“People are inclined to sue more,” he said, and for many insurance companies, it’s simply not worth it anymore to try to keep up with the payouts.

Promotional efforts reviewed by The Breeze showed attorneys highlighting the fact that most personal injury claims never go to trial and the fact that the average slip-and-fall accident costs $30,000 or more in hospital bills.

Hunter said anyone can be sued if someone falls on their property during or after a snowstorm, whether it’s a homeowner, business owner or municipality. Once you clear a driveway, the liability goes up, he said. If a delivery person were to ever fall on someone’s front steps and then sue, he said, it would actually be better for that homeowner if they had left the stairs untouched as “virgin snow.”

Municipal officials are reporting struggles finding plow operators. In Cumberland, Highway Supt. Frank Stowik said the town has lost many vendors due to the increases in insurance. The town is still well short of what it needs, he says, and continues to advertise for plowing services.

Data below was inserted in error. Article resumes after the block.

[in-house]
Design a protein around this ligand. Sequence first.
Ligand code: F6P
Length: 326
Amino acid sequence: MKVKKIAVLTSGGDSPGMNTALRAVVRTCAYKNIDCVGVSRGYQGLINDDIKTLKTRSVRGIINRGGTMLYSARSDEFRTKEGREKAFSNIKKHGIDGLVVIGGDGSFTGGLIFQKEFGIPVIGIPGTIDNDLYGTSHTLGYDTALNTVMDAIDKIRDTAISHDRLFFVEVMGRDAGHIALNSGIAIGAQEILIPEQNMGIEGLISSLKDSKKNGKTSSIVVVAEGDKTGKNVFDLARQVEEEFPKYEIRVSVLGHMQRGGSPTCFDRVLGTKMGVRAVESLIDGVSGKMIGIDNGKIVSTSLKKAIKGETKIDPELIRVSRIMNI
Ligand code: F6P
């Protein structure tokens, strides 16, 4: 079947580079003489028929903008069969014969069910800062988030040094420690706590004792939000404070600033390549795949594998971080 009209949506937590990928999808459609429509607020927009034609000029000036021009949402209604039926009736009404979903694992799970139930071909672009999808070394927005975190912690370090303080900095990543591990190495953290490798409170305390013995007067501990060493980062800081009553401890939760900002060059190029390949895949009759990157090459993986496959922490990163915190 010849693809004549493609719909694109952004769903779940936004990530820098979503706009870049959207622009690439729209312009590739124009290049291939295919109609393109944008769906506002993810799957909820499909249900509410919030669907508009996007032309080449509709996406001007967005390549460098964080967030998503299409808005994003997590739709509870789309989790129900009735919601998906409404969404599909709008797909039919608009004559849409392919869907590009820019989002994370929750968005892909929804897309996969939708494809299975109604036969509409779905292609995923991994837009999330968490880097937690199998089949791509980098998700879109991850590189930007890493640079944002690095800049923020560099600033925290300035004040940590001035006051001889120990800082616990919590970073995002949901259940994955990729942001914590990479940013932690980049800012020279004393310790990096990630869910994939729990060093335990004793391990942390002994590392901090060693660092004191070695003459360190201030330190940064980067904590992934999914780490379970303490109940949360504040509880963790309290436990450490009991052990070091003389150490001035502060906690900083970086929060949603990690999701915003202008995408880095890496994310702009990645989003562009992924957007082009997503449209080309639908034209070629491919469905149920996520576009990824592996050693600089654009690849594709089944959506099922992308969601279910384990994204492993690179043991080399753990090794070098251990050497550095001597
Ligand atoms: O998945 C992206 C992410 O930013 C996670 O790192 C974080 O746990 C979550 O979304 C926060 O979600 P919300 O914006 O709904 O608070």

The ultimate impact of this issue will likely be less plowing coverage during storms, said Stowik. More and more private developments are being accepted as public roadways in Cumberland, he said, meaning plow routes are getting longer even as help is falling off.

“Hopefully we’ve got enough (operators),” he said.

Other communities, such as Pawtucket, haven’t felt the impact as much. Director of Administration Dylan Zelazo said the city hasn’t had an issue getting enough plows on the road, but said he has noticed seemingly fewer plow drivers around. North Providence Mayor Charles Lombardi said his community also hasn’t had an issue, but said the town also has mostly weaned itself off of outside contractors for plowing.